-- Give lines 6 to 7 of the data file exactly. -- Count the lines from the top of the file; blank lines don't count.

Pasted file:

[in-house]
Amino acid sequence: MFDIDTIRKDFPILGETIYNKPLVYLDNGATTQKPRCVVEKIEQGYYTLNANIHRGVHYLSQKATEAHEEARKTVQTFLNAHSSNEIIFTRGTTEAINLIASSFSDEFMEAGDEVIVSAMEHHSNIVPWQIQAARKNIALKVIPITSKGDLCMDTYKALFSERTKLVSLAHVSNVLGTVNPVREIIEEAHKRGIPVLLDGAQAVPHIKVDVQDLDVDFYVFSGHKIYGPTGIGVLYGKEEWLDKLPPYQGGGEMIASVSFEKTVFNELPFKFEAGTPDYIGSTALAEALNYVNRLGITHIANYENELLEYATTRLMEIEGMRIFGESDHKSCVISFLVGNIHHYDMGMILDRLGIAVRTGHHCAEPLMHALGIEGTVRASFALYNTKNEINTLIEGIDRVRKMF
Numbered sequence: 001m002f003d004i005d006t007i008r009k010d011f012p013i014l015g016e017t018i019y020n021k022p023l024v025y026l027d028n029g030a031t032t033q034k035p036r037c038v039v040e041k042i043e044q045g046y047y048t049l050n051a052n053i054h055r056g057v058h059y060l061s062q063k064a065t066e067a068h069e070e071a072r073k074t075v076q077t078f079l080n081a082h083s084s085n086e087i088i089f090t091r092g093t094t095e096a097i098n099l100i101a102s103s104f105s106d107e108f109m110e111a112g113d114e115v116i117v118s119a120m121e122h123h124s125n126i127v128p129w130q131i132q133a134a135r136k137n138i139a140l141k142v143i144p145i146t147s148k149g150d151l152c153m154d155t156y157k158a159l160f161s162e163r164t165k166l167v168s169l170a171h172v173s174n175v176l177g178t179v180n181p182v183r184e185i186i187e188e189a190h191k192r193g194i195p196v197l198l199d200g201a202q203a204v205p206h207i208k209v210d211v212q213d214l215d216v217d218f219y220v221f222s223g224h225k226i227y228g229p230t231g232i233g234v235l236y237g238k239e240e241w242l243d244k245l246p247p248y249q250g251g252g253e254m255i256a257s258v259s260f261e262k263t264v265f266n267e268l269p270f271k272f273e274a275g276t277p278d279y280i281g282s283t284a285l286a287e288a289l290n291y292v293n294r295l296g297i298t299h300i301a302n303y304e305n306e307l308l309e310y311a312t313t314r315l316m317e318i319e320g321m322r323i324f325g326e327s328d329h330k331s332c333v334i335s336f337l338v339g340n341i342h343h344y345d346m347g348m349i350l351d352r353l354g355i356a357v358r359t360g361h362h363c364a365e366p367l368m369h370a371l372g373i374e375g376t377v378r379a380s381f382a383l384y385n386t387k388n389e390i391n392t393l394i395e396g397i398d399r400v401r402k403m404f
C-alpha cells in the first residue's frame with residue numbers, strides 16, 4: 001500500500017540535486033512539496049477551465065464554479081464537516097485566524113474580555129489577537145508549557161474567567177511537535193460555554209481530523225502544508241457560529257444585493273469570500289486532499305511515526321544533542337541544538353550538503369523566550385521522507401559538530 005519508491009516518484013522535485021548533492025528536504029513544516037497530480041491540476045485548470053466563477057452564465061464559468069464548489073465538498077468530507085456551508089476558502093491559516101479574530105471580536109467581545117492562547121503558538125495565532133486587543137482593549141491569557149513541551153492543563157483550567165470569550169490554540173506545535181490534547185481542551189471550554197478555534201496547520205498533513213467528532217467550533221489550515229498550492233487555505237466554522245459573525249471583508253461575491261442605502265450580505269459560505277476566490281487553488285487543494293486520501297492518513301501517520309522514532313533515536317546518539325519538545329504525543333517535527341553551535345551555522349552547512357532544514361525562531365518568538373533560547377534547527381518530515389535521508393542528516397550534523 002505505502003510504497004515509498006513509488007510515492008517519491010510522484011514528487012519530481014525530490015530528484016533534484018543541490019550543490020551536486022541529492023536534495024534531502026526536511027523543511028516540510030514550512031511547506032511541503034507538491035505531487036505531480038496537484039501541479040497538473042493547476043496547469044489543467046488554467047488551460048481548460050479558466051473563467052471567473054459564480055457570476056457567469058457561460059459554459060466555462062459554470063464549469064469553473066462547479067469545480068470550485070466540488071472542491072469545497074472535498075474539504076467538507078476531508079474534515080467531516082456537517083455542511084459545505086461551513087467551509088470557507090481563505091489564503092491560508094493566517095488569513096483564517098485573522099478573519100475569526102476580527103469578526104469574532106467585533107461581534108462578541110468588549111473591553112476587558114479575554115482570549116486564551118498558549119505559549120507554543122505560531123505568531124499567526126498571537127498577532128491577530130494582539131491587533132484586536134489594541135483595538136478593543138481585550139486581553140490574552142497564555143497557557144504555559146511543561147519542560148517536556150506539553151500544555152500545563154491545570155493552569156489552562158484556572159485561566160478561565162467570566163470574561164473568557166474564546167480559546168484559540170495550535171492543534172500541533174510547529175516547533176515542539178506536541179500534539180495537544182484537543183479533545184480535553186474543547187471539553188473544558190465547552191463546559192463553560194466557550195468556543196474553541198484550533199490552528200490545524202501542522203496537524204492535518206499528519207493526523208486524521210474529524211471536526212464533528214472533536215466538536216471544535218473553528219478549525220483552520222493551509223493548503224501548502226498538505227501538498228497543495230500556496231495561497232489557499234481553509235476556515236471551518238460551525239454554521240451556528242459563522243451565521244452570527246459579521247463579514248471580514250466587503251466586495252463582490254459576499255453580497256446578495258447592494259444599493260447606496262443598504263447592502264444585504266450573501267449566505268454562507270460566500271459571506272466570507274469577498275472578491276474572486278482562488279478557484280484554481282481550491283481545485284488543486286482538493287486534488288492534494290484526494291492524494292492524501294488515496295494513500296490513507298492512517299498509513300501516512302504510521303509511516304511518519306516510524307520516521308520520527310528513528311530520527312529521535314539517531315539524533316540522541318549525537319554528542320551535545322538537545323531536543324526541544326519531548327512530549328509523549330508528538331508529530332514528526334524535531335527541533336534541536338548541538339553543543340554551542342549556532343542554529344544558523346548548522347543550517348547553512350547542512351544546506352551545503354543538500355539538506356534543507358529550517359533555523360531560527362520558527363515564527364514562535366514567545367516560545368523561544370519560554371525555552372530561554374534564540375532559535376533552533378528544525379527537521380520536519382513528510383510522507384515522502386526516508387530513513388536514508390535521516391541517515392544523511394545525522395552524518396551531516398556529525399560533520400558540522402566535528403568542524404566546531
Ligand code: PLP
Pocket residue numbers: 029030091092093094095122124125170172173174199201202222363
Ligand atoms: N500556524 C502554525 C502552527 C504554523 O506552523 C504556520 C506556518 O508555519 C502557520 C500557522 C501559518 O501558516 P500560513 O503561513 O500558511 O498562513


Pocket residue numbers: 029030091092093094095122124125170172173174199201202222363
Ligand atoms: N500556524 C502554525 C502552527 C504554523 O506552523 C504556520 C506556518 O508555519 C502557520 C500557522 C501559518 O501558516 P500560513 O503561513 O500558511 O498562513